Lots of companies would surrender a corporate left arm for a 23% hike in quarterly earnings. But for Baker Hughes (NYSE: BHI), that wasn't quite good enough, and the market told the company so in no uncertain terms.

For the quarter, the big Houston-based oilfield services company earned $400.5 million, or $1.26 a share, compared to $326.2 million, or $1.02 a share, in the same quarter of 2006. Revenue was up 12% to $2.74 billion. But if the Wall Street dart throwers are expecting $1.28 per share for the quarter, a two-penny shortfall can get your ears pinned back, as was the case with Baker's share price, which was thumped by nearly 8.5% on Wednesday.

The conundrum for Baker Hughes, as with virtually all other oilfield services operators, including Schlumberger (NYSE: SLB), BJ Services (NYSE: BJS), Halliburton (NYSE: HAL), and Weatherford (NYSE: WFT), is the increasing disparity between activity levels in North America and elsewhere in the world. As Baker's CEO, Chat Deaton said, "In North America we expect no more than moderate increases in spending in 2008 because strong drilling activity has brought natural gas production growth roughly into balance with demand growth."

And beyond that, while the company expects its operations in other venues to grow, the rate of expansion likely will not match the immediate past: "Outside of North America, we expect growth to continue in 2008, but at a somewhat slower pace than in recent years."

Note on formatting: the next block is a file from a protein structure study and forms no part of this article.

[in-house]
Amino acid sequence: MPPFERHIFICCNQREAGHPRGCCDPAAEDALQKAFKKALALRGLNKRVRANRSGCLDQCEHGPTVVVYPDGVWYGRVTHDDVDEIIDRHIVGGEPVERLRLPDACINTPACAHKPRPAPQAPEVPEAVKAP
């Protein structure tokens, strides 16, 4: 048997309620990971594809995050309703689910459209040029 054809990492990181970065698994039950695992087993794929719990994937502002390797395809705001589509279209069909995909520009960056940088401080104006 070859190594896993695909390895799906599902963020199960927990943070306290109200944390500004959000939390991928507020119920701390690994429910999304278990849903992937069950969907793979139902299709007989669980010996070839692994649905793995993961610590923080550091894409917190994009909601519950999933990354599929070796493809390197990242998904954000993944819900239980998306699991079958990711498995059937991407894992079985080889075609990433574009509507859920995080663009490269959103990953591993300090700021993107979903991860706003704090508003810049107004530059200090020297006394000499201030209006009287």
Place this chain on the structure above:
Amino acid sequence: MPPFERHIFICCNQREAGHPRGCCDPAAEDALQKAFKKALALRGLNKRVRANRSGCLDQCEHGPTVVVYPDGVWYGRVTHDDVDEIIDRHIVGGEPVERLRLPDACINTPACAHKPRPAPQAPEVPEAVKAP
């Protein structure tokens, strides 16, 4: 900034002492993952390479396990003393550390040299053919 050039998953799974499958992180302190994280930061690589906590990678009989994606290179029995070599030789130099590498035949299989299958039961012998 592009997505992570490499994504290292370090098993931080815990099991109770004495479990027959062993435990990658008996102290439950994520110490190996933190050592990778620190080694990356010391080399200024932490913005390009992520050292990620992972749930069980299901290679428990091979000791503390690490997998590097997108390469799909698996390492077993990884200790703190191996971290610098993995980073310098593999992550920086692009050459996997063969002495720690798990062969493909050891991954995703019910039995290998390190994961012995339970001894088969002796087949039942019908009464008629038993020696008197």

For Fools, the key then becomes the specific attractiveness of Baker Hughes under somewhat slower-growth conditions. In that connection, I'd note that, following its market drubbing on Wednesday, the company's forward P/E ratio is less than 11 times, despite a return on equity of about 26% and an operating margin of nearly 22%. At the same time, it sports a balance sheet that would induce drooling among many CEOs.

Finally, the company's share price today is about what it was a year ago -- when the price of oil was far lower and before a 2007 run-up in the sector. So, given my belief that crude prices will soon resume their upward march in response to the world's expanding petroleum demand, I judge Baker Hughes to be well worth a Foolish gander.

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Fool contributor David Lee Smith does not own shares in any of the companies above for the simple reason that he continues to write about them for his Foolish friends. He does welcome your comments, questions -- or criticisms on Friday. The Fool has a disclosure policy.